When we got there, we showed off our race numbers (one on the helmet, one on the bike, and on around the waist) and headed into the transition area to set up our kit. Everything thing is based on those numbers, including where your transition area is. My brother’s was quite far away from mine so we split up for a bit and got ready. In a huge coincidence, to my left was a fellow Freedom Tri member setting up his kit. He was there is the full black and green (club colours) tri-suit and had a very nice bike. I introduced myself as a new member and we got to chatting. He gave me a few pointers, such as putting talcum powder in my socks, then my socks in my shoes, and I shared with him my failure to prepare and only swimming open-water once, the day before. Shortly after, I went to see my brother and told him about the chap I had just met. At about 0730, we started getting our wet-suits on. Lube all over, legs in, arms in, squeeeeeze! I was in. I took my goggles and swim cap and headed over to the water’s edge before hearing the “clear out of transition” message over the tannoy system. I had taken a gel with me a chucked that down about 15 minutes before race-start. The super-sprint racers started before us (super-sprint is half the size of a sprint so they’re out of the way quickly) so they set off at about 0745. I tried to watch their strokes as they hit the water to see if there was anything I could copy. There wasn’t. At about 0750, we were invited to enter the water to warm up. I was expecting to be treading water for about 10 minutes before the race which was not something I was looking forward to. As it goes, I was ankle deep in goose shit for 10 minutes. I’m not sure which one I would have preferred. Anyhow, I dunked my head under water a few times and made sure my suit got suitably full of water. My brother wanted to be in the back of the pack, out of the way of the swinging arms and legs) so moved back a bit. I was quite keen to get the feeling of the mass start (as I thought it would be my only race) so stayed in the centre. I got chatting to the racer next to me. It was his first time, too so we shared our stories and wished each other luck before the claxon rang.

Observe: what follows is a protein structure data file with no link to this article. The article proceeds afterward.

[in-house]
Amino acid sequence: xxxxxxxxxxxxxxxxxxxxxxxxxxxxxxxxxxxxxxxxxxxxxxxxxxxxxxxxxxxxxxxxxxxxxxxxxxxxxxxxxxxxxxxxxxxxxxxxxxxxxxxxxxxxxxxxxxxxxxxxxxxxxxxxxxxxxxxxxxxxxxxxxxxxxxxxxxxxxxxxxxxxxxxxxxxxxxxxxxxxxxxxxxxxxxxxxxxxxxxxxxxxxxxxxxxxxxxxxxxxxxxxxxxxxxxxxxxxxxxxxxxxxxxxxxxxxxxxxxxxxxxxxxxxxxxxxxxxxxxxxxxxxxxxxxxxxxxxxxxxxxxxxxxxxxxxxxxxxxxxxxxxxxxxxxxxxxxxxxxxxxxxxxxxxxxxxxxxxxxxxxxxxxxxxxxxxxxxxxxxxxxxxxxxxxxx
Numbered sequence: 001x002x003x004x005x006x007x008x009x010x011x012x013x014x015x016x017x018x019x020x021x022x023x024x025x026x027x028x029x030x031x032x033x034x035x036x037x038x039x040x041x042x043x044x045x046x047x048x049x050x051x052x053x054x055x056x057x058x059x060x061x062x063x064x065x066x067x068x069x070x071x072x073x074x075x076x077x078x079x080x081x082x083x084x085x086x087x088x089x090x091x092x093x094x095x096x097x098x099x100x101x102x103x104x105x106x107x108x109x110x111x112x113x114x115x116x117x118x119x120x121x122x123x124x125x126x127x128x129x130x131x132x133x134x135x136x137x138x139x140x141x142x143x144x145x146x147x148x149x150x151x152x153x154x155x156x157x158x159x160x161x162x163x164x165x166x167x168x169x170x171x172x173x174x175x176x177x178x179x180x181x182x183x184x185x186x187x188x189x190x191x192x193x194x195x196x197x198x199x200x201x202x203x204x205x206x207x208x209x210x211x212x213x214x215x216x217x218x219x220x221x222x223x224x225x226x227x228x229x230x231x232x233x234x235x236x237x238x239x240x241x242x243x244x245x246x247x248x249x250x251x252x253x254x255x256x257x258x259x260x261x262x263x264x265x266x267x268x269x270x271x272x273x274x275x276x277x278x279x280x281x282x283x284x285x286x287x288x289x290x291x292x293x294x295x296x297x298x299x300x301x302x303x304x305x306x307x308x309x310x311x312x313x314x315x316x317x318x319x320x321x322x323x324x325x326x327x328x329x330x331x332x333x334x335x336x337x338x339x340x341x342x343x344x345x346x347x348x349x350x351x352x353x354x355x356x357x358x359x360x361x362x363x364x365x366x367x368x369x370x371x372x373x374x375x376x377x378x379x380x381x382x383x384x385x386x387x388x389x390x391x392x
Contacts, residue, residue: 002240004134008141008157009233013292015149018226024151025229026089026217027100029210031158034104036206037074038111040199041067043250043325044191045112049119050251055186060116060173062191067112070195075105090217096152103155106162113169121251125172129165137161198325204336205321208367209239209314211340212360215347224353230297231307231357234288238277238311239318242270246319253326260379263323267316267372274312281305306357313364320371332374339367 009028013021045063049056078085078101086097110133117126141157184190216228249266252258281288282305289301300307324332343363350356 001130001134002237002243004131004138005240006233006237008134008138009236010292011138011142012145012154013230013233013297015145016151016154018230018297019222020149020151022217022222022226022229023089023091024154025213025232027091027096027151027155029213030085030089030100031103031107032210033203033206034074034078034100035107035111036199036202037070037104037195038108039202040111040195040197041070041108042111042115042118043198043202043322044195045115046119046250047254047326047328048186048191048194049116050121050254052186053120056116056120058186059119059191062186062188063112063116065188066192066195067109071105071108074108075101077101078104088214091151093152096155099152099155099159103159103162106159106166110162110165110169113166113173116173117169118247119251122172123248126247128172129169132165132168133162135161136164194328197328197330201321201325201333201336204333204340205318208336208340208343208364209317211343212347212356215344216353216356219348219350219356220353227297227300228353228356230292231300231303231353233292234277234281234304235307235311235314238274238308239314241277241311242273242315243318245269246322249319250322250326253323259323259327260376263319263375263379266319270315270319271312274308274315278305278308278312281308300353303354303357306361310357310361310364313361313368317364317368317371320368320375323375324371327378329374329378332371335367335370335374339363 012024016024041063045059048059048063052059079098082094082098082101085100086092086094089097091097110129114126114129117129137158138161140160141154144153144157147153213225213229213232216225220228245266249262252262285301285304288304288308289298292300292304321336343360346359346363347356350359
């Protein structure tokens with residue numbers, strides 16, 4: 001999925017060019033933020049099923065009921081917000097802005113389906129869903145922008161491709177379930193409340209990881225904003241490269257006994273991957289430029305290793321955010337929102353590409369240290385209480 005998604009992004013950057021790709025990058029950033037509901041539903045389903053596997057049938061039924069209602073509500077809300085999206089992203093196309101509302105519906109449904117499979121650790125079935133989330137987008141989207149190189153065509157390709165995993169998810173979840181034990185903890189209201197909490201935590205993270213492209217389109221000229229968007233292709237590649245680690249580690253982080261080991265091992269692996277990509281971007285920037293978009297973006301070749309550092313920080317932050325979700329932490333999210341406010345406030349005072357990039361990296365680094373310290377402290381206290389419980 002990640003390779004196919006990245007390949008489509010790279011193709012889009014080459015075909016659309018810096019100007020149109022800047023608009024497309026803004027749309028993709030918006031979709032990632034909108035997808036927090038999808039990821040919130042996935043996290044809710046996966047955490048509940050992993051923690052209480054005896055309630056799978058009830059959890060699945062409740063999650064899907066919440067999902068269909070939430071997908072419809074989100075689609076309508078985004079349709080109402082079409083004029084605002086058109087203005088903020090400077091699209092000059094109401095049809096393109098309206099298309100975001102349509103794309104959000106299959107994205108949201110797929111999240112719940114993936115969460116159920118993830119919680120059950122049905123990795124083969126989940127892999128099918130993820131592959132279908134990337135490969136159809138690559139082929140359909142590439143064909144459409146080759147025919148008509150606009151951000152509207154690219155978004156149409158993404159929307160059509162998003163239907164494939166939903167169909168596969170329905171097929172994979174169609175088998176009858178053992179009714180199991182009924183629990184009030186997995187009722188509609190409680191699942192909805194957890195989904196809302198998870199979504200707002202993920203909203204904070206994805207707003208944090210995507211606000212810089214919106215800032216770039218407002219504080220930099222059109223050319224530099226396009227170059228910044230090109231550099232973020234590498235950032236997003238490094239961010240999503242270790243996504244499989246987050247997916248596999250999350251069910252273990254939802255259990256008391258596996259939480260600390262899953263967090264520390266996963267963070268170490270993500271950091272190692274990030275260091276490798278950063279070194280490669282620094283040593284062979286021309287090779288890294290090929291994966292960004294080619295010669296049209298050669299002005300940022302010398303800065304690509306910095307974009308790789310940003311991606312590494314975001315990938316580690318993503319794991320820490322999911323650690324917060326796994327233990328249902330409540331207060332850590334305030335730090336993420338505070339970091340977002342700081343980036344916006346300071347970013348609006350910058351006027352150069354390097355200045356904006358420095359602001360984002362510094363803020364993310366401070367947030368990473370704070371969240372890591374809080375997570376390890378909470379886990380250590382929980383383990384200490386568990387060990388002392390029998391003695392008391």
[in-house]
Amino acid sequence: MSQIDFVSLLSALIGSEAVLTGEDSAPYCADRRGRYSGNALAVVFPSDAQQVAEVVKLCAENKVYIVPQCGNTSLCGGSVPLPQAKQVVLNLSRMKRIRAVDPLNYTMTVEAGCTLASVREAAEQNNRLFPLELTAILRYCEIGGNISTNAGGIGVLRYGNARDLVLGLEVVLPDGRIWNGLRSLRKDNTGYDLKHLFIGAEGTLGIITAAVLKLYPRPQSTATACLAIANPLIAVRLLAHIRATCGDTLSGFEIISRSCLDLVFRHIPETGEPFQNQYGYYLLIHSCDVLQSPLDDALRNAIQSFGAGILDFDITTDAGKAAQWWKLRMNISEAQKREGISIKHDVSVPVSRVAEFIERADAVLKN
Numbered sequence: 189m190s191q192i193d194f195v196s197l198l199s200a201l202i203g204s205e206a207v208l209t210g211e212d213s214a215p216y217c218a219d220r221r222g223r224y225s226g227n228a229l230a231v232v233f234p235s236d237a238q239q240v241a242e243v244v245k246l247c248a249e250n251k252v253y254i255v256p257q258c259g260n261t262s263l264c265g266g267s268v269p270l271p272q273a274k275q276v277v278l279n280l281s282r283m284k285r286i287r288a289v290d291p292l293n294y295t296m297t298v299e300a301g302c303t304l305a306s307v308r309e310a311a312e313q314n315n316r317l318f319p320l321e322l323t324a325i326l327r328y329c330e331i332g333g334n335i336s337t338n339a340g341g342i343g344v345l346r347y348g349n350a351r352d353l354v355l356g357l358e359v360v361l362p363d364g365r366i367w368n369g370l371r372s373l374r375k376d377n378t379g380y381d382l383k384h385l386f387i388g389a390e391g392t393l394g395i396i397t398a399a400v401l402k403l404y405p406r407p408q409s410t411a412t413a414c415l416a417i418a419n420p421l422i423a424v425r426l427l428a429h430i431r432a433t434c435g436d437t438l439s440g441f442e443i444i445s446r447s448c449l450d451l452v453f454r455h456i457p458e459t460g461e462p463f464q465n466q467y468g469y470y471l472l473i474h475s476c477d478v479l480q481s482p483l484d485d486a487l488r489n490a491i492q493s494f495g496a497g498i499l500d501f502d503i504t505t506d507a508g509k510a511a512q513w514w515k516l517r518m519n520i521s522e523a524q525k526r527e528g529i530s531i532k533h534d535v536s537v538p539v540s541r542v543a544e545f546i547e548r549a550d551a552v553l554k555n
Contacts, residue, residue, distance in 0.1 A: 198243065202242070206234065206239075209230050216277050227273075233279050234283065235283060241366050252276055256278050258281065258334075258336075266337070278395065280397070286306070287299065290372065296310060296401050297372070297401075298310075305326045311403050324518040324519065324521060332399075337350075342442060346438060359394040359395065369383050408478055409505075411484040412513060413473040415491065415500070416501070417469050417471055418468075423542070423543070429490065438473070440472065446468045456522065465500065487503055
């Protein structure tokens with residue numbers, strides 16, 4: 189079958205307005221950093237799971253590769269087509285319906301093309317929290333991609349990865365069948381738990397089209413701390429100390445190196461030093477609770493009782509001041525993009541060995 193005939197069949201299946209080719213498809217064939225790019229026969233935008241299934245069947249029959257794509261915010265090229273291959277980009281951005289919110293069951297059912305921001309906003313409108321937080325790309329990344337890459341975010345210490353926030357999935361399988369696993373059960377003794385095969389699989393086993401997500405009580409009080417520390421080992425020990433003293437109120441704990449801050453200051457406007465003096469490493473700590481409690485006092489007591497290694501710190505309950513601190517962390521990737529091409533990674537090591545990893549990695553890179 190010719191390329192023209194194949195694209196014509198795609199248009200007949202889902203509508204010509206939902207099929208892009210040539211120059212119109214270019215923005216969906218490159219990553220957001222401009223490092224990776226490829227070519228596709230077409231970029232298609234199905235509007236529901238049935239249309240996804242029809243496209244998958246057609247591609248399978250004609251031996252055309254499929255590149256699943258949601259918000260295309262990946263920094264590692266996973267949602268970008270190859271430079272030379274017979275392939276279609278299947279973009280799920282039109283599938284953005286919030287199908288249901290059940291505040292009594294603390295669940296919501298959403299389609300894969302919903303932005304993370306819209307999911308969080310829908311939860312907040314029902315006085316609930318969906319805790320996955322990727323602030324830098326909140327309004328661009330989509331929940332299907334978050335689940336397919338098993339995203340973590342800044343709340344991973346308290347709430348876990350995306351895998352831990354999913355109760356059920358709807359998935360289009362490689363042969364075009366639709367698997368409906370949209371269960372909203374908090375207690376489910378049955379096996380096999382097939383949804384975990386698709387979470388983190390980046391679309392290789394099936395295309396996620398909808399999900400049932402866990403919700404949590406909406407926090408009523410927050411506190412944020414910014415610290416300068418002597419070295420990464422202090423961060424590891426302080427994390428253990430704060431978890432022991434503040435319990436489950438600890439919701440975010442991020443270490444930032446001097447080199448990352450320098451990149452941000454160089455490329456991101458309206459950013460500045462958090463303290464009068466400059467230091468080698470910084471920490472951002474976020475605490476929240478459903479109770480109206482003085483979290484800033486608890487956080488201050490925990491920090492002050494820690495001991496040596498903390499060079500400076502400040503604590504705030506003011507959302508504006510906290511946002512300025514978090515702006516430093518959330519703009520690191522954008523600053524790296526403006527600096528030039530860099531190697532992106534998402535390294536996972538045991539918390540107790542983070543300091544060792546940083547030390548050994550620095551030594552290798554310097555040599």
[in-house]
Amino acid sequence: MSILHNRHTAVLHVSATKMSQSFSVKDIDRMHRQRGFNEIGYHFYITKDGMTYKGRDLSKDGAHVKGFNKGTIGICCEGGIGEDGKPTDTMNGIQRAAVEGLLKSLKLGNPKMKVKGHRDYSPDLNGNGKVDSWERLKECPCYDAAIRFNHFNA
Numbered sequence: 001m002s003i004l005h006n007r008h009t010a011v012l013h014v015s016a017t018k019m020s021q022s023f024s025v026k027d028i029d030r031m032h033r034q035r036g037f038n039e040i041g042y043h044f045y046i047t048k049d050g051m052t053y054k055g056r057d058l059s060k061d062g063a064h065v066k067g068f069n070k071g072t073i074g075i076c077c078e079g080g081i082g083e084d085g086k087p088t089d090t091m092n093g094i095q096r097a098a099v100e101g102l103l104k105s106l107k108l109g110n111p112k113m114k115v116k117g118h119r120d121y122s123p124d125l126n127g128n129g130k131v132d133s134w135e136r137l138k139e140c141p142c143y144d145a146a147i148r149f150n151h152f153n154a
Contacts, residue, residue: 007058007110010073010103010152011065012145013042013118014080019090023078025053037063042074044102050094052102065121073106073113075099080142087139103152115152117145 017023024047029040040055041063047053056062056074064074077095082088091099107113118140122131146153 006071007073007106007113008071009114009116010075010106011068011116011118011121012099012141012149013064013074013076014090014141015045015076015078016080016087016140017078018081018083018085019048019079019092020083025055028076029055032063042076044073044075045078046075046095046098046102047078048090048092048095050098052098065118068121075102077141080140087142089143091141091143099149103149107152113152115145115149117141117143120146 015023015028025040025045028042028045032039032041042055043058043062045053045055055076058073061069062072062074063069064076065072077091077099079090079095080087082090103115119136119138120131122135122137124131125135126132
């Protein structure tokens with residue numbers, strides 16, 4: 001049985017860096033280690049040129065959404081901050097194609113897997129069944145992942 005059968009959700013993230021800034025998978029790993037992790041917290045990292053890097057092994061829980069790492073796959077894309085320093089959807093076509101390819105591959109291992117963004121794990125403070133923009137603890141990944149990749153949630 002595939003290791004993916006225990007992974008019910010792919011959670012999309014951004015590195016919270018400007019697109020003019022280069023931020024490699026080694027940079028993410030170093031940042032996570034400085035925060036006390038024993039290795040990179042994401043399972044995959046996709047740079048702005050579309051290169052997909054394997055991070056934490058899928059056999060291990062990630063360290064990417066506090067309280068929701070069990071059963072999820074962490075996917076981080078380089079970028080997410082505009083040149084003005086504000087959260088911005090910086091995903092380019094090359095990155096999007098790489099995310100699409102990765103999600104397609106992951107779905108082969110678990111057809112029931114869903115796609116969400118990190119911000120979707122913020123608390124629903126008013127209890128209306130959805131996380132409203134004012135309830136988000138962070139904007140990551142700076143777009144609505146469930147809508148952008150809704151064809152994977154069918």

And we were off! Arms and legs flailing all over the place, I went off at a much faster pace than I had expected or planned. It was an out and back lap which saw us going down stream to start with, then back up against the current. Somehow I managed to do it all in one go – not stopping except to adjust my goggles once after a stray elbow clocked me in the face. Climbing out of the water was quite an interesting experience; going from horizontal to vertical and running on wobbly legs just didn’t feel quite right but I made it up and started taking off my suit as I made it into transition. My brother had finished before me and was already getting into his cycling gear by the time I had reached my station. By this point, my wife and son had turned up and were shouting to us from the fence. It was a real boost to see them. After a few minutes, I was all ready to go. I took another gel before taking my bike off the racking and making my way to the bike start.
There is a line that you must cross before you can get on your bike, for safety reasons. I waited until that line, went a little further and tucked to the side so that I didn’t get in the way of any of the faster people. Still sporting jelly legs, I climbed onto my bike and got moving. People were cheering all along the channel out onto the road and I saw my wife and son one last time before heading out for the rest of the lap. I tried to remember what we had seen before in the recce and when I should be conserving energy for upcoming hills, etc. My mind had gone blank so I just went for it. Powering up the first hill, I passed quite a few people. It was exhilarating! Though that feeling didn’t last too long as I was passed by quite a few of them when we reached the flat. I had gone out too fast and was already paying for it. I spent the next couple of miles going easy and making sure that I didn’t expend to much unnecessary energy. After a while, I got into the flow and had a pretty comfortable speed. There were still faster people overtaking me, but that was ok –I was only new to this and had reduced my training due to my dodgy knee (which was still feeling quite dull). All I cared about was completing the course. About half way around the bike lap, I remembered a big hill we had come across the day before. I thought there was a light downhill section which led to it so that I could get some kind of momentum built up before tackling it. I was wrong. The light downhill was actually a light uphill. So I had to work to keep my pace up this hill before reaching the main hill. It was horrid. Just before I reached the bottom of the hill, I found the smallest gear I had on the bike and started spinning. This seemed to work quite well and before long, I was overtaking people who were trying to force their way up in a higher gear. Thanks, Global Cycling Network on YouTube for that advice!